[PODCAST] Getting Human Capital Valuation Right

An Interview with Business Valuation Expert Dave Bookbinder

People may be your “company’s most valuable asset” but they don’t appear on a company’s balance sheet. They are, however, captured on the income statement as an expense. How do we close this gap between valuing human capital as an expense and not an asset? Start here with our interview with Dave Bookbinder.

Imagine your phone rings. You answer, and it’s your boss. “I need to see you,” he says.  You immediately stop what you’re doing, ending an email in mid-sentence. You walk down the hall and knock on his door. You can feel your heart beating faster. He invites you to take a seat. “What’s so urgent?” you wonder. 

“Joe,” he says, “let me get to the point. How would you quantify your value to our company?”

How would you respond?  If you were in sales, you could easily share your sales, customer NPS (net promoter score), and profitability.  But you work in payroll, for gosh sake. You don’t generate revenue. How would you answer? Where would you start? 

Understanding how to quantify value implies you actually have something that is valuable worth quantifying. Valuing sales is easy. For non-revenue producing roles, the math is not as straightforward.  Let’s take a step back and consider how companies today create their value and then circle back to the individual.

Historically speaking, a company’s financial value is best defined as the combination of their present and future financial and capital assets less its liabilities.  For example, let’s say you want to buy an ice cream shop. The value of the business can be defined by assets like the building, the parking lot, as well as, the equipment used to make, store, and sell those delicious ice cream products. There is also a history of revenues that have been maintained in QuickBooks, showing a profitable business. The combination of these data points along with some X factor known as “brand value” allows you to find a dollar amount you are willing to spend to become the new owner.  For the most part, this is exactly how businesses have sold or purchased other companies. On the surface, quantifying the value seems straight forward. However, just like that triple-scoop sundae you just ordered, there’s some “stuff” on the bottom that you wouldn’t know was there until you scooped it up and took that bite for yourself.

According to Dave Bookbinder, the mystery crunch you just experienced is called human capital.  Suppose that the ice cream shop’s employees were the reason the sales were so high. What happens if they decide they don’t want to work for a new owner? How does employee turnover impact customer relationships?  How do you anticipate the customer relationships’ impact on the short and long term value of the business? Dave’s book, The New ROI- Return On Individual shows how.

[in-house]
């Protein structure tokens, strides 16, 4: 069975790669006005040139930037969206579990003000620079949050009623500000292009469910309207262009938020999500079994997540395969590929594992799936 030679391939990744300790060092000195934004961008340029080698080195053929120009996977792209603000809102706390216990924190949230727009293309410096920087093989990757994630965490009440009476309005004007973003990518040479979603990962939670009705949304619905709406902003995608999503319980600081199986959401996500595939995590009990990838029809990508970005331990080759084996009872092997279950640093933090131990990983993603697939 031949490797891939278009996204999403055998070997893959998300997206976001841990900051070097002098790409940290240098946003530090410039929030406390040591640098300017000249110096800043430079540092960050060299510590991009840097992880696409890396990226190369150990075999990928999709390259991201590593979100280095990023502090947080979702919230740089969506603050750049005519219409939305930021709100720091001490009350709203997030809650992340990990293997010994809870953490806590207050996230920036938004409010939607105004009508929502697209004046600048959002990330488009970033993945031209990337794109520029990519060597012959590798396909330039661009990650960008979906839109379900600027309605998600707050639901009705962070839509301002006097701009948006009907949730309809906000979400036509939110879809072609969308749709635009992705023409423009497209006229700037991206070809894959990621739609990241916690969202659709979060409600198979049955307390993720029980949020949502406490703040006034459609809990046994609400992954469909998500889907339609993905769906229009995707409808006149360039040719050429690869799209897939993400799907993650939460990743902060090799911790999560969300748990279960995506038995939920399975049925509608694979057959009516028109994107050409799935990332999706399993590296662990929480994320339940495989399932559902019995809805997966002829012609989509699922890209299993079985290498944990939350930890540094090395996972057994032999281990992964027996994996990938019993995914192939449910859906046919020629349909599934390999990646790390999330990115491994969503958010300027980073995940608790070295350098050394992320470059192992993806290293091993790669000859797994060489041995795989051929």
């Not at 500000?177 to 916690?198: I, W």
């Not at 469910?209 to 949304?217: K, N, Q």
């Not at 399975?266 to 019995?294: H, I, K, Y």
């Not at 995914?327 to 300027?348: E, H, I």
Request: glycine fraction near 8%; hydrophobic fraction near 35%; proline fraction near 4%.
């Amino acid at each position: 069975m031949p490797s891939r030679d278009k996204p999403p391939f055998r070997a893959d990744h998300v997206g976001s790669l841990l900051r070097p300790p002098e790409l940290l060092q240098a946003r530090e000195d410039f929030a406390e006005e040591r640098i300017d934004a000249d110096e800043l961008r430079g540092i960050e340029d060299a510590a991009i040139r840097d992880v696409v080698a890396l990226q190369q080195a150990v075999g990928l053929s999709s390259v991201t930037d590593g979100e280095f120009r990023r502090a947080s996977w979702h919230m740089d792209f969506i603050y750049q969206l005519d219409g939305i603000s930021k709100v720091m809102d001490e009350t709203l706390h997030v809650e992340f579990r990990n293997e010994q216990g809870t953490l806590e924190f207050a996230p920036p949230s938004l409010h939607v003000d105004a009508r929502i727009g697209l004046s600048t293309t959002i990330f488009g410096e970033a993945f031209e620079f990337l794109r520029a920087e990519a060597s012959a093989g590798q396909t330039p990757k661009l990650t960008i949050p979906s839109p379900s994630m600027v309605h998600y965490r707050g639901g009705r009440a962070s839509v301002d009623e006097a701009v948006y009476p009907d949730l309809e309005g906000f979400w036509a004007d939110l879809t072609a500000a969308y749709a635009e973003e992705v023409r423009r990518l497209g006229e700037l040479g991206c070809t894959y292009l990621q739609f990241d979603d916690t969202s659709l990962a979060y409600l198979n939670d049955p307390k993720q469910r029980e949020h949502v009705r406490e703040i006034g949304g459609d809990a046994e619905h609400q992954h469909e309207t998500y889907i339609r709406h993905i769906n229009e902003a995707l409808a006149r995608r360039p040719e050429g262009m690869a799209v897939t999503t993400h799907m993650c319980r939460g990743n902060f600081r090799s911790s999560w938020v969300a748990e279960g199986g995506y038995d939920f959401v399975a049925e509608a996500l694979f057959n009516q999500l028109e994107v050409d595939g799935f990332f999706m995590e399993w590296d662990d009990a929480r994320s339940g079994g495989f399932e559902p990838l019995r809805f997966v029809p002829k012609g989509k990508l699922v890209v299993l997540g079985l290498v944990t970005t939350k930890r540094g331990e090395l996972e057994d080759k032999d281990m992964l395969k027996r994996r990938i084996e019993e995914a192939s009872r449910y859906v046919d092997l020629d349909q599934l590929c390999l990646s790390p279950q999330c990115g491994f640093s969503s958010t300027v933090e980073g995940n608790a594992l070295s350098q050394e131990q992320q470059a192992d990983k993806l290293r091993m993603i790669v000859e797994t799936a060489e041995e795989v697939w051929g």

Dave’s defining quote is: “The value of a business is a function of how well the financial capital and intellectual capital are managed by human capital. You’d better get the human capital right.” 

You better get the human capital right, pretty much sums up the way companies need to start thinking about their people. So let’s retrace our steps and head back to your boss’s office.

The challenge you face is that your boss is thinking about your compensation and benefits – how much you “cost.” You have much less tangible thoughts – employee history, an eagle eye for paycheck outliers, a knack for dealing with software quirks, relationships with benefits vendors, business acumen. How can you quantify these intangibles? How much do you save the company each week or how much would the company lose if it lost you? Blending the value of physical and tangible assets with intangible intellectual and human capital requires a new way of thinking. 

 “You better get the human capital right.”

Let’s be honest here, this isn’t easy. It’s not the stuff that HR can do easily. Many finance leaders struggle to understand it too. Where management measures value in dollar signs, HR measures value in appreciation, engagement, and satisfaction – what many might call HR fluff. What Joe’s boss is asking is hardly fluff!

That’s where Dave comes in. Dave is not “of HR”, not by a stretch.  Dave’s entire career has been spent exclusively in the area of financial valuation.  After thousands of valuations, Dave knows all too well there is always a mysterious crunch just waiting to be consumed.  Look no further than the plethora of mergers and acquisitions that don’t live up to expectations.

“Think Outside the Conventional The Conventional Balance Sheet”

According to Dave, 80 to 90% of M&A deals do not reach their desired outcome. Dave knows why.  

Today’s world requires companies to think outside the conventional balance sheet. They find ways to invest and grow their human capital. The New ROI helps companies understand the world as it is, not how it used to be. Look at Sears. Instead of becoming the first “Amazon,” it decided its real estate was its future, It valued its company based on physical assets and shed employees and customers. Today, it is bankrupt and almost history.  

The greatest differentiator for any business is its people. Management has long mouthed the words, “people are our greatest asset.” Perhaps now is the time for them to do something about it.  Without a doubt, expressing appreciation for each employee and customer is vital to their growth and success. But understanding how to value the human capital asset is critical too.  

This human capital valuation mindset shift is a journey, a long but unavoidable one.  It starts here by tuning into the Geeks, Geeks, and Googlization podcast. 

Listen now to hear the rest of my interview with Dave Bookbinder

Related Resources:

The New ROI: Return on Individuals (Book)

Behind the Numbers

Connect with Dave Bookbinder

LinkedIn: https://www.linkedin.com/in/davebookbinder